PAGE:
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Why Phastos' Husband In Eternals Looks So Familiar

As a massive Marvel Cinematic Universe movie that introduces a completely new type of super-beings in the MCU, "Eternals" breaks new ground in a number of ways. One of said ways is the fact that the movie features the first openly gay superhero in the mega-franchise. Phastos is the genius inventor of the Eternals, but when he's not actively fighting evil, he's leading a happy life in a relationship with Ben. The movie features an onscreen kiss between them, which has already drawn protests from some fans (via The Hill). This, in turn, prompted Kumail Nanjiani — who plays Kingo in the movie — to post a since-deleted tweet: "Looks like we're upsetting the right people. Eternals opens November 5th" (via People). 

Being the superpowered part of the relationship who's played by the "If Beale Street Could Talk" and "Atlanta" star Brian Tyree Henry, Phastos will likely get the lion's share of the attention. However, astute viewers may notice that the other half of the relationship also seems awfully familiar. Here's where you may have seen Phastos' husband in "Eternals" before.


Haaz Sleiman received critical acclaim for his role in The Visitor

Like many other young actors, Haaz Sleiman started out with a number of one-episode appearances and brief recurring roles — perhaps most notably playing the prisoner Heydar in the sixth season of "24." However, in 2007 he played a major role in director Tom McCarthy's award-winning drama "The Visitor." The movie earned star Richard Jenkins an Academy Award nomination, and Sleiman himself got an Independent Spirit Award nomination for Best Supporting Male. 

The highly acclaimed movie (via Rotten Tomatoes) tells the story of a withdrawn college professor (Jenkins), whose life is thoroughly upended when he returns to his Manhattan home after a long absence, and finds out that a fraudster has rented it to Tarek (Sleiman) and Zainab (Danai Gurira). Taking pity on the couple, Walter allows them to stay with him and befriends Tarek, but the latter's undocumented immigrant status soon complicates things. 

In an interview with Collider, Sleiman revealed that Tarek's djembe drumming skills proved difficult for him, since he had never played the instrument. "I had to practice for a month and a half, every day for three hours," the actor said. "When we started shooting, I prayed to God that I could pull it off, and thank God for editors, you know?"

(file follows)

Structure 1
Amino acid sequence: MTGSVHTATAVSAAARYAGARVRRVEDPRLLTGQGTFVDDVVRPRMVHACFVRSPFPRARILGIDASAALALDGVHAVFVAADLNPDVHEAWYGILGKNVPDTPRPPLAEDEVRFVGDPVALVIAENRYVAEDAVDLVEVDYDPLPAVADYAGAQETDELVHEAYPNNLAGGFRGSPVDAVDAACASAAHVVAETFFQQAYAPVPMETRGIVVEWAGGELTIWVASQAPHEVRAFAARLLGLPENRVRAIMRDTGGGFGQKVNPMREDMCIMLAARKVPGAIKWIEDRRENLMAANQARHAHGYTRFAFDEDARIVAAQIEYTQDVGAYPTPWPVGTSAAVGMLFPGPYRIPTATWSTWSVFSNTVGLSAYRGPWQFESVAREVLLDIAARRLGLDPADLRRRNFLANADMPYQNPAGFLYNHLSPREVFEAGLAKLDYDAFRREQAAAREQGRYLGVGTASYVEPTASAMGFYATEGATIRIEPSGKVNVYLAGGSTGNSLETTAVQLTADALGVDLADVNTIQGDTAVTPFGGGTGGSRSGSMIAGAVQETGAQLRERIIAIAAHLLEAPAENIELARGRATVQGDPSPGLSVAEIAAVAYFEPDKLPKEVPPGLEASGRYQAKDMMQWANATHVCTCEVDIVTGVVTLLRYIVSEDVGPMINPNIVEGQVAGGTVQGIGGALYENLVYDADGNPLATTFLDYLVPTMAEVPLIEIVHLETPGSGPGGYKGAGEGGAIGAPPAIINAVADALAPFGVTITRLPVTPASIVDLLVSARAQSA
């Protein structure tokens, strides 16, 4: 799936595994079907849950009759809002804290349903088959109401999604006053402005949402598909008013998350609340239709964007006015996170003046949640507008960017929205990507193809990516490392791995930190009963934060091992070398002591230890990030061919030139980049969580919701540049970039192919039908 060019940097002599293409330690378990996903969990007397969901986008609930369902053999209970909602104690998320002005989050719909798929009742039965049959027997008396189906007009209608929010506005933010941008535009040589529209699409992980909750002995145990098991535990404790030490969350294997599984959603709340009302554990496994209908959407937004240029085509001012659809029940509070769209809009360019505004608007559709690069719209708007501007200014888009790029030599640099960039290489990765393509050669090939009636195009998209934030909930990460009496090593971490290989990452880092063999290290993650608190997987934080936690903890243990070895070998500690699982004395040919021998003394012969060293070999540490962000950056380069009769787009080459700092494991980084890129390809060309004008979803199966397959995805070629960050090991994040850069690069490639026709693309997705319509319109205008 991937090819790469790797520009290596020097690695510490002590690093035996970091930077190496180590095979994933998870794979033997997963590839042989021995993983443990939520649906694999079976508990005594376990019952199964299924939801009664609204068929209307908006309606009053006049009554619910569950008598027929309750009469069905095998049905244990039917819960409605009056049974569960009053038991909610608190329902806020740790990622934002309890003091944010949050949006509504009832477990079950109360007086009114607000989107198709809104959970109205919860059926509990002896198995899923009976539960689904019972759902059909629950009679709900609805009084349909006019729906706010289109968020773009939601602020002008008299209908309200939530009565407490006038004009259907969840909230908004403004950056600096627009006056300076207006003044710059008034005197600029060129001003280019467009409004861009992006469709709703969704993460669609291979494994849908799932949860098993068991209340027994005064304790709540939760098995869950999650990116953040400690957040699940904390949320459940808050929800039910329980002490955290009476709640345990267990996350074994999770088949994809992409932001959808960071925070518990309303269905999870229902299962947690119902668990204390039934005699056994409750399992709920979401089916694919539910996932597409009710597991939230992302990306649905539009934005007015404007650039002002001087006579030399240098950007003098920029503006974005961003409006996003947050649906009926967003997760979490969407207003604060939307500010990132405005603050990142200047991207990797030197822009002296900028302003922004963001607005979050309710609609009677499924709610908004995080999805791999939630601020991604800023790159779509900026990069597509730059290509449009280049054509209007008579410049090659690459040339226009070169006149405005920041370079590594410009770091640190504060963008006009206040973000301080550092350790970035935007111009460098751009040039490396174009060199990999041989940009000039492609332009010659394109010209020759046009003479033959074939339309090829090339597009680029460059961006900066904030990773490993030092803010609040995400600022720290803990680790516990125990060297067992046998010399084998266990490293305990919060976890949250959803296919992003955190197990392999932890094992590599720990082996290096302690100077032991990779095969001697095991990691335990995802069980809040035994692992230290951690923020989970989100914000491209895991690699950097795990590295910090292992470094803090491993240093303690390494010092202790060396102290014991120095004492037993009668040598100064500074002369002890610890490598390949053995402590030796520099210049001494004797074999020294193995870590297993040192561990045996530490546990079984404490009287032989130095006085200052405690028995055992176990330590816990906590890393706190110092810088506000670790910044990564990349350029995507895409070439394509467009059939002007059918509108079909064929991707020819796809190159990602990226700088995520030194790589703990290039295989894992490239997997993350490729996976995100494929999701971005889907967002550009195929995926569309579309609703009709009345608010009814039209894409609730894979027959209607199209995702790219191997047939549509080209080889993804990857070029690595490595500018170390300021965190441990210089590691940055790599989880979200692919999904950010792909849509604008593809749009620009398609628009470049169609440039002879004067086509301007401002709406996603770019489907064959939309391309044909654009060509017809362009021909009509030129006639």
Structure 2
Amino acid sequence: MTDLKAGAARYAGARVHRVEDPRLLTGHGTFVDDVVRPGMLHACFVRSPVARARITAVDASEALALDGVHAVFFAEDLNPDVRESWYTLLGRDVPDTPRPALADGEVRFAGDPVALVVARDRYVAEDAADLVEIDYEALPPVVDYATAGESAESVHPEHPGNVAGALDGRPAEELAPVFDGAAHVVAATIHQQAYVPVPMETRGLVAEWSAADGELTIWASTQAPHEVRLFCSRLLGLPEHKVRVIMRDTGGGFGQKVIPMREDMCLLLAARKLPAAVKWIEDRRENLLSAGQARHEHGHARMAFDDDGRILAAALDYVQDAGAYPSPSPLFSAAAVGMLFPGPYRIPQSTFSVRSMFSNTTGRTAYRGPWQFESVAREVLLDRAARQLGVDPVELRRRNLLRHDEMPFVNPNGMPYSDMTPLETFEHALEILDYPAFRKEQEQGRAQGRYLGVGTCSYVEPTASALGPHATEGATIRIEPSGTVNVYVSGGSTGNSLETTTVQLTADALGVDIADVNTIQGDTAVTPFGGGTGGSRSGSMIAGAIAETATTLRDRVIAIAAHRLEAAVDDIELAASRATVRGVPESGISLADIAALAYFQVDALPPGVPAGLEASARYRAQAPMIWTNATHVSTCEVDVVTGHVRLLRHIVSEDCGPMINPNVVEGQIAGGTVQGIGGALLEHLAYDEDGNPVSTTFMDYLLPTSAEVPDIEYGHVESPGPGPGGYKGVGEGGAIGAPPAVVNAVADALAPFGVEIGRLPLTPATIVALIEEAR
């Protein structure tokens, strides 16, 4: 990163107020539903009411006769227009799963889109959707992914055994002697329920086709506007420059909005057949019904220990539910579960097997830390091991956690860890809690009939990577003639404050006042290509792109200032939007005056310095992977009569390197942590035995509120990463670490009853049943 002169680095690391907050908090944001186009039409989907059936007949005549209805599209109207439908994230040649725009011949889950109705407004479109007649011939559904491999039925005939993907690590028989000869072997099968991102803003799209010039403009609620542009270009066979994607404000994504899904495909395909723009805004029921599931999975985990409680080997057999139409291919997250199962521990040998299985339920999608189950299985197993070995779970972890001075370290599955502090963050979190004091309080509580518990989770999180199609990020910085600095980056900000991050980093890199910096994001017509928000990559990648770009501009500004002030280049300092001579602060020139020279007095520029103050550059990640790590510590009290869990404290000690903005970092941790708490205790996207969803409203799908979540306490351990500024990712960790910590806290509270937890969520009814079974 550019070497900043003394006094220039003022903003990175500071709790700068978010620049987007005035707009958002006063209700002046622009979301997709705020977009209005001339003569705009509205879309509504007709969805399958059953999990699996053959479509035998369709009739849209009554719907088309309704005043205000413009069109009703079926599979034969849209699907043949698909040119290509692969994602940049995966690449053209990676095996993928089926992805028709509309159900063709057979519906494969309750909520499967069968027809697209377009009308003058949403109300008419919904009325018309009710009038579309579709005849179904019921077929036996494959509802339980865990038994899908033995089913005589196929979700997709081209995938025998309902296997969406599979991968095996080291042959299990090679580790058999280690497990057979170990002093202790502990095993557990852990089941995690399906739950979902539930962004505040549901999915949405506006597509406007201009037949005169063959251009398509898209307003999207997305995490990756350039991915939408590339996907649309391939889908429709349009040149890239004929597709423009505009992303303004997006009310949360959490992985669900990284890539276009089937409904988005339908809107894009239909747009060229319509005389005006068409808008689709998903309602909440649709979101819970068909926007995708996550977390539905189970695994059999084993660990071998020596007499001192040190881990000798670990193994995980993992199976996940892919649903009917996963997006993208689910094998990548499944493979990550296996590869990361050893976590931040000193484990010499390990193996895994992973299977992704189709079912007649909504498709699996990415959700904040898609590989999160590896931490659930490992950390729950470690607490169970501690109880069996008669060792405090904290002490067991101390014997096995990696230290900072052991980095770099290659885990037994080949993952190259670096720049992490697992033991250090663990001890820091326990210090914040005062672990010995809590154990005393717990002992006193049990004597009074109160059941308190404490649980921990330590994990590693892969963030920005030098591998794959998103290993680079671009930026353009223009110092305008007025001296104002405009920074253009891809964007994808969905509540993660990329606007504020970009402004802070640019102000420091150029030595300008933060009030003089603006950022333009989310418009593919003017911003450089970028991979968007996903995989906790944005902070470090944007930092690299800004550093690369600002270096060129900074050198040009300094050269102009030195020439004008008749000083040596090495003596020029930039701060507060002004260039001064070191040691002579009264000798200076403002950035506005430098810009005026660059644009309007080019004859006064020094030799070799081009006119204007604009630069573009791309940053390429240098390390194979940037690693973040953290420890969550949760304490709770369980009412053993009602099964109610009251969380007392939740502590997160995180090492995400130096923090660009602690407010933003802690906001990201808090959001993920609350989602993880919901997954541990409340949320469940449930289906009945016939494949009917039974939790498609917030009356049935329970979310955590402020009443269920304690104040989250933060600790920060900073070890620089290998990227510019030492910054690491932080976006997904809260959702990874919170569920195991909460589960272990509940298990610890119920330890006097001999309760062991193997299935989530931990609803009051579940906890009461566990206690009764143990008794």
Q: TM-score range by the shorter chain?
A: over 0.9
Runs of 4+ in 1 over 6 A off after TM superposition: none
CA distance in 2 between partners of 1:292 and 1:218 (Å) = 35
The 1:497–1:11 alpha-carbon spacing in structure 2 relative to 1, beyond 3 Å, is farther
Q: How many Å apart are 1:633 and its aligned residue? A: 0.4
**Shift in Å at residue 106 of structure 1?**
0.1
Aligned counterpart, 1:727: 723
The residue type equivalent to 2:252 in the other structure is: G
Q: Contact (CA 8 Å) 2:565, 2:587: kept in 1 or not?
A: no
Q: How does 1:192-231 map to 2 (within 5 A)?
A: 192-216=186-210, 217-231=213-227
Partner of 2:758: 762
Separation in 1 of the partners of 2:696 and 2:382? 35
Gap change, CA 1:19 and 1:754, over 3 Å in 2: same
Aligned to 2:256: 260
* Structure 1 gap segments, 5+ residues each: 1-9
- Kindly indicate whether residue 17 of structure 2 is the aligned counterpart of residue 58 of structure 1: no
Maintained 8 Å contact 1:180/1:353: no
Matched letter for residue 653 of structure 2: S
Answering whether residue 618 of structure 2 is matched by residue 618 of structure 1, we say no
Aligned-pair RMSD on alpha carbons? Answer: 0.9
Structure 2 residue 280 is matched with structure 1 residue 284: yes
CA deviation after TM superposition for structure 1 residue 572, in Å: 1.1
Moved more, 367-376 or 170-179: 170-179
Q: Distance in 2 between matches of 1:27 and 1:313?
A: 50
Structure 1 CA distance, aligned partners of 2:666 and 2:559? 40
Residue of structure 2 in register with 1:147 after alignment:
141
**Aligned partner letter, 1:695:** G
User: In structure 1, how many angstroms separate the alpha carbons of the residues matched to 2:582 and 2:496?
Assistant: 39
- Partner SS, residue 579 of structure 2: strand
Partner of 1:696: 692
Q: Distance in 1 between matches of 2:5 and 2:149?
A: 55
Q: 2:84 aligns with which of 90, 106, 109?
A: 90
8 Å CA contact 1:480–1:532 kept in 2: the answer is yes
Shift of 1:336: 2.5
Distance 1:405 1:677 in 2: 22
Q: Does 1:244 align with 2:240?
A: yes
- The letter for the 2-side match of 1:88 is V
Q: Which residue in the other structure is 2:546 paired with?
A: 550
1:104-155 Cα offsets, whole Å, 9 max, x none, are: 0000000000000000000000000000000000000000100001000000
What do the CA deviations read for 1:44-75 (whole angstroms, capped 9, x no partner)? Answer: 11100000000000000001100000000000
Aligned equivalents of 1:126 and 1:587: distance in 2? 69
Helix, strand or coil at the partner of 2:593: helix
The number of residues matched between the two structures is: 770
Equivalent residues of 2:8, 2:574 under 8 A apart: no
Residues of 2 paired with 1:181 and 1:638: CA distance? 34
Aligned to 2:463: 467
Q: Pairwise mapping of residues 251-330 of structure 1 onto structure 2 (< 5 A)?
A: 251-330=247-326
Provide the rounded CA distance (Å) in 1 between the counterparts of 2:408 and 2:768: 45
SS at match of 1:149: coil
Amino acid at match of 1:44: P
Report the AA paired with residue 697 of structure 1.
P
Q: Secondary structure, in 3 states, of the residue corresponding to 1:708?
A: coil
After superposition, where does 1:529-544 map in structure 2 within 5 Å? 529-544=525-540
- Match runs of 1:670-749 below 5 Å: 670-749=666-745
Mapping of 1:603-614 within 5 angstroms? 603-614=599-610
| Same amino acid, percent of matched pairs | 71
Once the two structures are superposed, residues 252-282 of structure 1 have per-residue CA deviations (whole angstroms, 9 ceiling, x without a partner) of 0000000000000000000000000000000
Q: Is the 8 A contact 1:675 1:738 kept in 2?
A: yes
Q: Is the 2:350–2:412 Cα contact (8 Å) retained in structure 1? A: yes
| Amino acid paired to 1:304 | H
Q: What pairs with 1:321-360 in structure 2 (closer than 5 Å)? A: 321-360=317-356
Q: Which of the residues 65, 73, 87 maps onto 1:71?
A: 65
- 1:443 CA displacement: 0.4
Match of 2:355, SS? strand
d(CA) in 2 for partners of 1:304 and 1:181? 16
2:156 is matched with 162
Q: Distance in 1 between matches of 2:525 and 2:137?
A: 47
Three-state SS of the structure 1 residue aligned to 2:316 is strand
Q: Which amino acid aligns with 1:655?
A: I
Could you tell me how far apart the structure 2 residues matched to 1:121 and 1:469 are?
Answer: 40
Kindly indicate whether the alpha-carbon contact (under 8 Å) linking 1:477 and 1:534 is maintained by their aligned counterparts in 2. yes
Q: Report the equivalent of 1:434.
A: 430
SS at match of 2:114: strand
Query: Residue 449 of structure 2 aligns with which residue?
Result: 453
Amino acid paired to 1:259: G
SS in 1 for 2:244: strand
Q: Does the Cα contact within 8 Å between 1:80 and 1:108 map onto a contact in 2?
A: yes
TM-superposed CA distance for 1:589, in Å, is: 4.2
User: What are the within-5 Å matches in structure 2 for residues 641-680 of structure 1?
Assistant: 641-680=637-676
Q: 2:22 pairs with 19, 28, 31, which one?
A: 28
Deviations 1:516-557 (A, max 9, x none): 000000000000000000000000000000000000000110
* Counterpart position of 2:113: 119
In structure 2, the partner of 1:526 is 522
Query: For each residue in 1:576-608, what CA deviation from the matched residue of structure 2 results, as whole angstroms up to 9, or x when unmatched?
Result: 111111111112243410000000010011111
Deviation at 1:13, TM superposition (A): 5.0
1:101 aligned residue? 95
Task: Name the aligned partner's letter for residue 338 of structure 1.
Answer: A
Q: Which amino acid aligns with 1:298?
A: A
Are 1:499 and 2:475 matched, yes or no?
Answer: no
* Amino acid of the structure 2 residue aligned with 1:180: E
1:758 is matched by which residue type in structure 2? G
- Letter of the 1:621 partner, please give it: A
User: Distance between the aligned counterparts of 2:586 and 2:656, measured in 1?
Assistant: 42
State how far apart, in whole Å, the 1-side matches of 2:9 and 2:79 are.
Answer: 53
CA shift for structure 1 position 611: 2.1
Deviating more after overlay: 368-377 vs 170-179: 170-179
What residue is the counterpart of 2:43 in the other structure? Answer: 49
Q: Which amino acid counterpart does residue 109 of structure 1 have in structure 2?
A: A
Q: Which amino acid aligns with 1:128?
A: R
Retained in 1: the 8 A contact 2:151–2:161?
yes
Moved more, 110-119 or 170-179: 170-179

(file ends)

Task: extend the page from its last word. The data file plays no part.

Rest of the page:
Haaz Sleiman is Mo-Mo De La Cruz in Nurse Jackie

The role of Ben in "Eternals" isn't Haaz Sleiman's first LGBTQ-themed role. The actor himself came out in 2017 with a Twitter video (via SBS), in which he minced no words about the subject. "I am a gay, Muslim, Arab-American man," he said. 

Sleiman has played gay characters a number of times, in projects like "Little America," "Breaking Fast," and, of course, "Eternals." He has also been something of a trailblazer on the representation front. In 2009, he starred in "Nurse Jackie" as Mohammed "Mo-Mo" De La Cruz, the colleague and confidant of Edie Falco's addled nurse Jackie Peyton. Though the recurring role might seem like a fairly simple one, Sleiman has noted that it was actually pretty groundbreaking — both for him personally and for American TV in general. "My first ever gay role. Also, the first gay Muslim character on American television," he tweeted about Mo-Mo De La Cruz in 2021. 

Haaz Sleiman is Ali bin Suleiman in Tom Clancy's Jack Ryan

Amazon Prime's "Tom Clancy's Jack Ryan" is the latest take on the titular CIA analyst's adventures, and the first one to take things to TV show form. Though John Krasinski's version of the character is a more formidable and combat-ready man than his movie counterparts, the show also provides far more nuanced characterization than your typical one-dimensional "agents vs. terrorists" story might provide — and Haaz Sleiman's Ali bin Suleiman is a prime example of this. 

Ali is the dangerous, capable younger brother of the Season 1 antagonist, Mousa bin Suleiman (Ali Suliman). Though their actions are truly ruthless, the difficulties the brothers have face as Lebanese refugees in France receive plenty of attention, and their road to radicalization is carefully depicted ... as is the ultimate cost of their actions. Though Sleiman only appears in six of the season's eight episodes, his presence is very much felt throughout the series. Without spoiling anything, showrunners Graham Roland and Carlton Cuse even told The Hollywood Reporter that one of the season's pivotal moments is a deliberate callback to a much earlier moment that involved Ryan and Ali.